The sleep of the damned

E has never been blessed with the sleep of the righteous. The momentous night when he first slept through until morning, aged ten months, would be etched on my mind forever if I hadn’t been so fucking exhausted that I couldn’t even remember my own name, let alone events and dates. I do recall grinding my teeth in silent rage at other mums who couldn’t wait to tell me that their little darling now had a regular, all night sleeping pattern aged six months. Well, bully for them and their clever, clever offspring, I used to think as I stared at my reflection in the mirror, contemplating the two bags for life that I was cultivating under my eyes.

As he got older we did have a spell of sleeping through most nights – a few months of delicious normality. Either that, or after a year of not sleeping properly, M and I were just so tired that once asleep we could stay that way even if our toes were on fire and our son was screaming blue murder from across the hallway. And then he turned two, and whatever sleep spell that had been cast over him, wore off. The sleep fairy packed her glittery little bag, fluttered her gossamer thin wings and fucked off on an extended sabbatical to the Outer Hebrides. Bitch.

But hey, it was only another six months before E managed to sleep for more than five hours at a time, so it wasn’t as if we lived somewhere that resembled the house of the living dead or anything. And I was hardly grumpy and short-tempered at all. Much advice was taken from other parents in similar predicaments, my personal favourite of which was to grease the bedroom door knob with Nivea to keep the child from leaving it’s place of slumber, a genius piece of moisturiser based improvisation, which even I didn’t have the heart to try but enthusiastically applauded.  Many tactics were tried, however. And most failed.

But recently, E has been an okay sleeper. Let’s face it, his report card would not be covered in shiny gold stars, and some nights would provoke the comment of ‘could do better’, but we could cope with him getting up once a night. Until that started to become twice. And sometimes three. And once a couple of weeks ago, it became six. M and I held an emergency sleep summit. When we woke up, prised our foreheads from the kitchen table, and wiped away the embedded toast crumbs, we decided there was nothing else for it. No, not the staples-through-the-pyjamas strategy (although I fought my corner hard on that one) but a good, old fashioned system of bribery. Or as parents refer to it nowadays in order to con themselves into thinking it is behaviourally more beneficial than a bribe: the reward chart.

The equation is simple enough that even a sleep-deprived three year old could get it: sleeping through all night = 1 sticker. 5 stickers = treat. Simple. And get it E does. A little too well, for my liking. The first night we try it, he runs into our bedroom at six o clock the following morning.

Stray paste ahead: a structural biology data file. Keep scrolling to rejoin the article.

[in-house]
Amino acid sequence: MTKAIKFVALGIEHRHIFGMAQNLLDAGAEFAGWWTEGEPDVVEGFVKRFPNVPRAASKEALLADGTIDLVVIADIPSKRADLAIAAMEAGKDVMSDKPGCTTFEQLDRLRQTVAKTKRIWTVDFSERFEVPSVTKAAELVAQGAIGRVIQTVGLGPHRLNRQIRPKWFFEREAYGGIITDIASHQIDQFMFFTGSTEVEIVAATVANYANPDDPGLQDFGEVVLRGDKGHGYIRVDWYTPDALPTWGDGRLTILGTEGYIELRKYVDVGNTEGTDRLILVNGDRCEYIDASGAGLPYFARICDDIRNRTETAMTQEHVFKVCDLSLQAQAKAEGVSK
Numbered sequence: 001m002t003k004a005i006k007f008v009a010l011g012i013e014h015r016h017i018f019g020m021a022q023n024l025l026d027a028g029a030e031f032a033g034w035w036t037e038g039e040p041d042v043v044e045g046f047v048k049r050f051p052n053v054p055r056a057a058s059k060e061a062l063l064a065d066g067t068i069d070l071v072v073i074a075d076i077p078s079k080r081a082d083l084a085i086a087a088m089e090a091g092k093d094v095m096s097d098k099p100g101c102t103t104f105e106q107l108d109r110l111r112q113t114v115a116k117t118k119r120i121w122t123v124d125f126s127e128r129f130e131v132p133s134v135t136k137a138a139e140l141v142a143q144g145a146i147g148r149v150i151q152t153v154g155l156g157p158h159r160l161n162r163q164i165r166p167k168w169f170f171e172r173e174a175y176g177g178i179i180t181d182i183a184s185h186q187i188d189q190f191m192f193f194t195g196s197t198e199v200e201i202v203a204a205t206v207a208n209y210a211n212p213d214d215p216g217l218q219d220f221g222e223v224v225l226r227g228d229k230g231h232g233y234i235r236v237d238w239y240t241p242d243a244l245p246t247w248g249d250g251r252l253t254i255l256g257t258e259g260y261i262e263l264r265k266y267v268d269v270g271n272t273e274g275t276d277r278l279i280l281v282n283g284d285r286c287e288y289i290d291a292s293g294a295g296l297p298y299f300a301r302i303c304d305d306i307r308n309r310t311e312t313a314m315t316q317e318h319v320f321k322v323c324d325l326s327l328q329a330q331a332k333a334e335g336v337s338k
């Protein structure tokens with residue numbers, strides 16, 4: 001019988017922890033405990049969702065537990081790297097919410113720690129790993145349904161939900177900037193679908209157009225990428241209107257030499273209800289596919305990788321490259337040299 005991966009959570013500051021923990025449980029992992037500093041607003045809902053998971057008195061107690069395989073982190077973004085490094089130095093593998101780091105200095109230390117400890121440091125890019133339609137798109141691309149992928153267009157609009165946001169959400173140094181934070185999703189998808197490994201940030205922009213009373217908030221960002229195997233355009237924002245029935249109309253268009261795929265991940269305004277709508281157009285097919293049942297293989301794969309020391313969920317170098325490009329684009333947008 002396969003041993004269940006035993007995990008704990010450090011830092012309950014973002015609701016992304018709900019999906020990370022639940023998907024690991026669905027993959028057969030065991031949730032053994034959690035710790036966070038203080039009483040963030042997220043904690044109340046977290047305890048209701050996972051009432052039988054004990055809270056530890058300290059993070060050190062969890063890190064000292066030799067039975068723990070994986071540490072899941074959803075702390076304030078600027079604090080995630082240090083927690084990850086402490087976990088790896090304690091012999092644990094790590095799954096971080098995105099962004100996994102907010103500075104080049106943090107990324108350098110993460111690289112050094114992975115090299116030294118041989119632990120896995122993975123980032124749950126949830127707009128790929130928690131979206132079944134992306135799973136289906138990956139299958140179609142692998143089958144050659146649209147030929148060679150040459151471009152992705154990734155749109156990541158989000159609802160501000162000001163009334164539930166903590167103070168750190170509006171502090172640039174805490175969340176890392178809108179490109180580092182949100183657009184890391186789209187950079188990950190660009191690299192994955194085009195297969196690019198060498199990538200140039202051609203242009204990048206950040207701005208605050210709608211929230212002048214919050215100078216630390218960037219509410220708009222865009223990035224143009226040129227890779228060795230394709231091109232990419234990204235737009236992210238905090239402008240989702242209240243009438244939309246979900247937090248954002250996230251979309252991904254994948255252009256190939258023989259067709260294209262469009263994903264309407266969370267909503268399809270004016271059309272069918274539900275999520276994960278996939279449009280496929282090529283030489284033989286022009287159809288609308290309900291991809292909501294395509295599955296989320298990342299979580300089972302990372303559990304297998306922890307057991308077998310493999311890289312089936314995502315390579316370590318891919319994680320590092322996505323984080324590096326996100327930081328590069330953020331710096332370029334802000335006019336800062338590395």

“Mummy, I slept all night! Can I have a sticker?” We whoop through our yawns and congratulate him.

On day two, he comes in and wakes us. “I slept all night!” he exclaims proudly. “Can we put a ticker on my chart now?” On day three, he does the same.

Was it that easy? Really? After all those months of trying every parenting trick in the book, and all we had to do was dangle the tantalising prospect of an unspecified treat in front of him? Some piece of plastic tat that he will be inseparable from for about three hours, then step on and have it assigned to the bin? Is this all he has been waiting for? An opportunity to gain materialistically before he was willing to do what he always knew he could do, and not keep getting out of bed? I feel somewhat duped.

There is one downside of this full night’s sleep malarkey. When E comes into our room in the morning, he has more energy than Tigger on acid. This morning, the forty futile minutes that I tried to get him to lie down with me and have a quiet cuddle whilst I napped for a little longer resulted in an accidental fist in my face, three eye pokes (at least one of which was definitely not bloody accidental), a kick in the pelvis, approximately seventeen requests to play a game with him, a number of chin licks, several requests to “smell my hand, mummy”, a pillow grab that resulted in neck ache within five minutes, an excruciating knee on my boob and several rounds of self-induced raucous laughter at the repeated mention of “poo poo”. By the time I got up, I was completely sodding exhausted. No change there, then.

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One response to “The sleep of the damned

  • Louise

    God I remember those days (and not too fondly!) We also went through cycles where we’d be lulled into a false sense of believing we might actually get some regular sleep, then just as it started feeling normal, we’d be unceremoniously kicked back to the starting line…

    The good news is now they’re 11 and we’re having to drag them out of bed to go to school – bliss! So if the reward chart stops working just hang in there for another 8-9 years and you’ll be fine, he he.

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